The Committee held that Mr T knew that Mr W’s Sovereign policy was subject to a lumbar exclusion, and this was information he was obliged to take into account when assessing the suitability of the PartnersLife policy he was recommending to Mr W. Mr T chose not to act on information he knew. Rather, he took Mr W at his word.

Although Mr T was not required to be ‘on notice’ that Mr   W might be withholding other information, given his knowledge of the lumbar exclusion, he should have made further inquiries before concluding that the PartnersLife policy was suitable for Mr W. Suitability in this context means “the best outcome taking account of the full circumstances of the client, determined after reasonable inquiry”. The Committee commented that Mr T had allowed himself to be “suborned by Mr W’s strong assertions when he should have tested the matter further”.

The Committee also said that when Mr W refused to allow his application to PartnersLife to proceed, Mr T should have taken reasonable steps to ensure that Mr W was aware that Mr T’s service was therefore limited and to specify those limitations.

Mr P’s complaint

Mr T met with Mr P on three occasions. At the first meeting Mr T sought to complete his ‘fact find’ on Mr P; at the second meeting Mr T presented his statement of advice; and at the third meeting an application to PartnersLife was completed. During these meetings there was some discussion of Mr P’s medical history, however Mr P did not raise a previous ankle injury because “it did not seem to be that big an issue”. It was unclear whether Mr P formed this view because of positive advice received from Mr T or whether Mr P decided it was not significant enough to be included because of what Mr T had advised about expected disclosure.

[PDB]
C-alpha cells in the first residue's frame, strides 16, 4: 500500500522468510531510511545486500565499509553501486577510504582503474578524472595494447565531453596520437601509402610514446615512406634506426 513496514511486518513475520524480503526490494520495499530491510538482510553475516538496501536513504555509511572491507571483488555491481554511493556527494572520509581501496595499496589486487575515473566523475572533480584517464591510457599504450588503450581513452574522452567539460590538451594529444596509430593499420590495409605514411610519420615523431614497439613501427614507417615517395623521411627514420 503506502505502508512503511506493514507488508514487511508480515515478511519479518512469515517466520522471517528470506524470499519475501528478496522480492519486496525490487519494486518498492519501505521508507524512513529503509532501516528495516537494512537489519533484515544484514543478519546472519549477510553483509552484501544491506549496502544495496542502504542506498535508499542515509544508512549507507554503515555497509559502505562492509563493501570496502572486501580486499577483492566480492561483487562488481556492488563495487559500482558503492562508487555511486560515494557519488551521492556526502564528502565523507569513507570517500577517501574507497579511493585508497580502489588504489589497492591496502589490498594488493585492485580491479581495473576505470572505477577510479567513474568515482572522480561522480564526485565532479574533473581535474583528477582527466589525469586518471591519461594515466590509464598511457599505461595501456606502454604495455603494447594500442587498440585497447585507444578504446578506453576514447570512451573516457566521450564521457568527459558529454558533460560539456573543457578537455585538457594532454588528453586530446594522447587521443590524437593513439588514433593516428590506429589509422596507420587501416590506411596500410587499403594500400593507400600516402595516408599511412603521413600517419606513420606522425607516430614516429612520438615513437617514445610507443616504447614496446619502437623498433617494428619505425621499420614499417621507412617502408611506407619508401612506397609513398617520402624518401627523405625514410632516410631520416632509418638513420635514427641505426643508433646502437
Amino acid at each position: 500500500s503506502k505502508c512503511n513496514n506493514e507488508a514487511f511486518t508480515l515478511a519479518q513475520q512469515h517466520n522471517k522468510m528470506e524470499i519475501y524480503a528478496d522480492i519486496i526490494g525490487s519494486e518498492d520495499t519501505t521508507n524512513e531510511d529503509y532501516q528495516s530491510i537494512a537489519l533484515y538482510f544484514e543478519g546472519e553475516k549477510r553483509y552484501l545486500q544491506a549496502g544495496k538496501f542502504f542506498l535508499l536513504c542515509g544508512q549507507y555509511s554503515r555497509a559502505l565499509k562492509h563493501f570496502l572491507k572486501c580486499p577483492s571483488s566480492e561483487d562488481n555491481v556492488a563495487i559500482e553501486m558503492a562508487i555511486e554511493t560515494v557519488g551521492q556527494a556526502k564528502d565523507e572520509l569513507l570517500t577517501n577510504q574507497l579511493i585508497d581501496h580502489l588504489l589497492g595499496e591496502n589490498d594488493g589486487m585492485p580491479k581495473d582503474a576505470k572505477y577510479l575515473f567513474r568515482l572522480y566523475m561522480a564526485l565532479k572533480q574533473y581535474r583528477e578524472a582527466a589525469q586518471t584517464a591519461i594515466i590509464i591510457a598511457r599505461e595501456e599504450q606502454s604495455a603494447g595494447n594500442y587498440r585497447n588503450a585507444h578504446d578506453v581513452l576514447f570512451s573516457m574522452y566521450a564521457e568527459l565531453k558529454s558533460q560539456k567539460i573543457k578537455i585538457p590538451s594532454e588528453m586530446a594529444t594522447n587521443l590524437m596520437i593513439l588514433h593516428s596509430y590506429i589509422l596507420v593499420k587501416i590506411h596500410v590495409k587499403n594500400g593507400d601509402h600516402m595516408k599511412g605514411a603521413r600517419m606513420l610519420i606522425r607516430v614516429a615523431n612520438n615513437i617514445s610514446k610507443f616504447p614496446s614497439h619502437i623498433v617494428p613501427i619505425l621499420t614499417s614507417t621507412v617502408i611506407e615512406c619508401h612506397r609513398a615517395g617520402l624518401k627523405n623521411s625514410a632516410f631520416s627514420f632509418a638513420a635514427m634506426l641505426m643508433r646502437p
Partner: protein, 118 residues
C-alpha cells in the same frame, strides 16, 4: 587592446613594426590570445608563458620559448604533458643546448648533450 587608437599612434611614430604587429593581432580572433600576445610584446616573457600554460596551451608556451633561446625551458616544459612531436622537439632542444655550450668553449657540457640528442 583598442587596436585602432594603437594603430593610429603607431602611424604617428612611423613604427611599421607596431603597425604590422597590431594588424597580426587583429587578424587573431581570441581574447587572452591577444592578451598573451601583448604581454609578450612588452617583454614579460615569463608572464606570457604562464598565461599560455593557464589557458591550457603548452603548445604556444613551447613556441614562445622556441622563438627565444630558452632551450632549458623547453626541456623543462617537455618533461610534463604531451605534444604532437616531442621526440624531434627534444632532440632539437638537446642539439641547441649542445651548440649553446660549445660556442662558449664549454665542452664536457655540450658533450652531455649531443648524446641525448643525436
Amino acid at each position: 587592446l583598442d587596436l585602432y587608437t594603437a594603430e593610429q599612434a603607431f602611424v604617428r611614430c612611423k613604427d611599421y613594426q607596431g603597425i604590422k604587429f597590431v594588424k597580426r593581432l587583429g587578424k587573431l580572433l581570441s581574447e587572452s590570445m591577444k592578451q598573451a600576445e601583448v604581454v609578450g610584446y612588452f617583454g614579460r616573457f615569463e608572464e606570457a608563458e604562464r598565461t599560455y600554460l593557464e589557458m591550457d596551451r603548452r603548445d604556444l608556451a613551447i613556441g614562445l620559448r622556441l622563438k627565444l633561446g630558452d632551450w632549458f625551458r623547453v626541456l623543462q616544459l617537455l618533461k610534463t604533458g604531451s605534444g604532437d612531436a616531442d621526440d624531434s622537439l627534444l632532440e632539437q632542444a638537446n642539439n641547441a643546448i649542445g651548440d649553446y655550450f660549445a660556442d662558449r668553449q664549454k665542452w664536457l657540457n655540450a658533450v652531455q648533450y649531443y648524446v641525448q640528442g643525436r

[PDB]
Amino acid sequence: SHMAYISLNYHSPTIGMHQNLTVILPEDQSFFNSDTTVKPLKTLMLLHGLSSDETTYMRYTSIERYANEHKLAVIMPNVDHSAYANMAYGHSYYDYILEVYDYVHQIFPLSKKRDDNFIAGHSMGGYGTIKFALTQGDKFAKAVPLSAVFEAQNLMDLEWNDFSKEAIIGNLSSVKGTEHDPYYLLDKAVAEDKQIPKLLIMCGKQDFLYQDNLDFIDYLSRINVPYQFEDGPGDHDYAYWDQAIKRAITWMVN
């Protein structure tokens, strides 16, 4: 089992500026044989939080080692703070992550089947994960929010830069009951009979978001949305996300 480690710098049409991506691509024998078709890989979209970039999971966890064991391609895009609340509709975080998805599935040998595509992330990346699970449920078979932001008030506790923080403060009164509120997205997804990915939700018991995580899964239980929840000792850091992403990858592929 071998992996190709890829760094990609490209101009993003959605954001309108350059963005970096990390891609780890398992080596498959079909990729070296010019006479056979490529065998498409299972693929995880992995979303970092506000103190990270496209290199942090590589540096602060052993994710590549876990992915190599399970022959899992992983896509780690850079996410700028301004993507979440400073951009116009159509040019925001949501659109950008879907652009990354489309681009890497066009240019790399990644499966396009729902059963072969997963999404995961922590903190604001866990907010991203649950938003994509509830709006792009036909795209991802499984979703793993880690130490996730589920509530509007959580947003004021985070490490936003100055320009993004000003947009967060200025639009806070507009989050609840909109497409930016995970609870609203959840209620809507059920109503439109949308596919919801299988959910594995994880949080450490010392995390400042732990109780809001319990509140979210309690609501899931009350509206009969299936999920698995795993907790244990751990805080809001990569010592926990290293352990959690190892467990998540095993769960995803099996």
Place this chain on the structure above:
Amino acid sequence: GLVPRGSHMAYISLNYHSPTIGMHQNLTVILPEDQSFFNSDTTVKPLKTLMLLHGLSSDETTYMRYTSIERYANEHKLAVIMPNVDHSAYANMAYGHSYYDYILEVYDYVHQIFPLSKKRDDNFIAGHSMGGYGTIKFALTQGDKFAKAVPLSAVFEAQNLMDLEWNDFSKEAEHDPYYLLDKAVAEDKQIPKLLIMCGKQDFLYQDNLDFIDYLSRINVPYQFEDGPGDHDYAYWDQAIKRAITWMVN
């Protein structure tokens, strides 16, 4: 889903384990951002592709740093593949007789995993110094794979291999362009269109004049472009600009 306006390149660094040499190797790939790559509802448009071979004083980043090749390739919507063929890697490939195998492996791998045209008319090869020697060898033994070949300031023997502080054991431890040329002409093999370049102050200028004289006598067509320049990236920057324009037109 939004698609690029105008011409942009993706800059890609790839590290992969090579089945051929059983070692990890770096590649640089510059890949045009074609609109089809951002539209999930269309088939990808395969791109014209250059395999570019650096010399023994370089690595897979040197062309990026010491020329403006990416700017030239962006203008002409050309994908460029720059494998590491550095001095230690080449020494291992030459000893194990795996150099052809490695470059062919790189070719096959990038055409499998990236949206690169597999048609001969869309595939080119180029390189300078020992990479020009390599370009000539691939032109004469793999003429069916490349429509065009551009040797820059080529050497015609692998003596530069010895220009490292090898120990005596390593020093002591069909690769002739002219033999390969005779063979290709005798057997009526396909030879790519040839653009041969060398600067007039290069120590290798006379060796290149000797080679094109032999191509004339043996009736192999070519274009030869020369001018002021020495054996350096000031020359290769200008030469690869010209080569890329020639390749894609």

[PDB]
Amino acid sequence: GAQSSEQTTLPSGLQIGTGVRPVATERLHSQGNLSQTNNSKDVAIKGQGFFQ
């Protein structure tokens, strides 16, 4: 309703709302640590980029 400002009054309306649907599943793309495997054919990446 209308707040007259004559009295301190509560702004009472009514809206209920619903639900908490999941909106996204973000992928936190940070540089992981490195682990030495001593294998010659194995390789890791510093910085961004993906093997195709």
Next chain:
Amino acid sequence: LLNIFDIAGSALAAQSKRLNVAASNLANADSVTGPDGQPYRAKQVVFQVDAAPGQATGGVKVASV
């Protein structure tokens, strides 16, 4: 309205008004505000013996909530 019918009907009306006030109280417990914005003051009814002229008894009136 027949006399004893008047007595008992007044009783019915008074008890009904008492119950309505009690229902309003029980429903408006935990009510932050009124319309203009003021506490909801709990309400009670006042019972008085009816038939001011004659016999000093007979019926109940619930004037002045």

Insurance was then placed for Mr P, without disclosing Mr P’s past medical conditions.

Application of CS 8 to Mr P

The Committee held that Mr P did not make any medical disclosures because Mr T failed to elicit those disclosures. This was either because Mr T did not ask about them directly or because he did not make the importance of full disclosure clear enough to Mr P. Knowledge of those matters was a necessary requirement to obtain an up-to-date risk profile. Therefore, it was irrelevant that a subsequent insurer had chosen not to limit Mr P’s cover just as PartnersLife had not (and that arguably the risk profile presented by Mr P was the same with or without the disclosures).

The real issue was whether Mr T made reasonable enquiries about Mr P’s risk profile at the time the application to PartnersLife was made.  Mr T had not even requested that Mr P complete a list of prior medical issues. Therefore a breach of CS 8 was made.

Conclusion

This decision emphasises the importance of an AFA making reasonable inquiries of their client’s risk profile. In some cases, all this may involve is the completion of a list of prior medical issues and explaining the importance of full disclosure.

Further, if a client refuses to make full disclosure to an insurer, an AFA must ensure that they are aware of the limits this will place on the AFA’s service.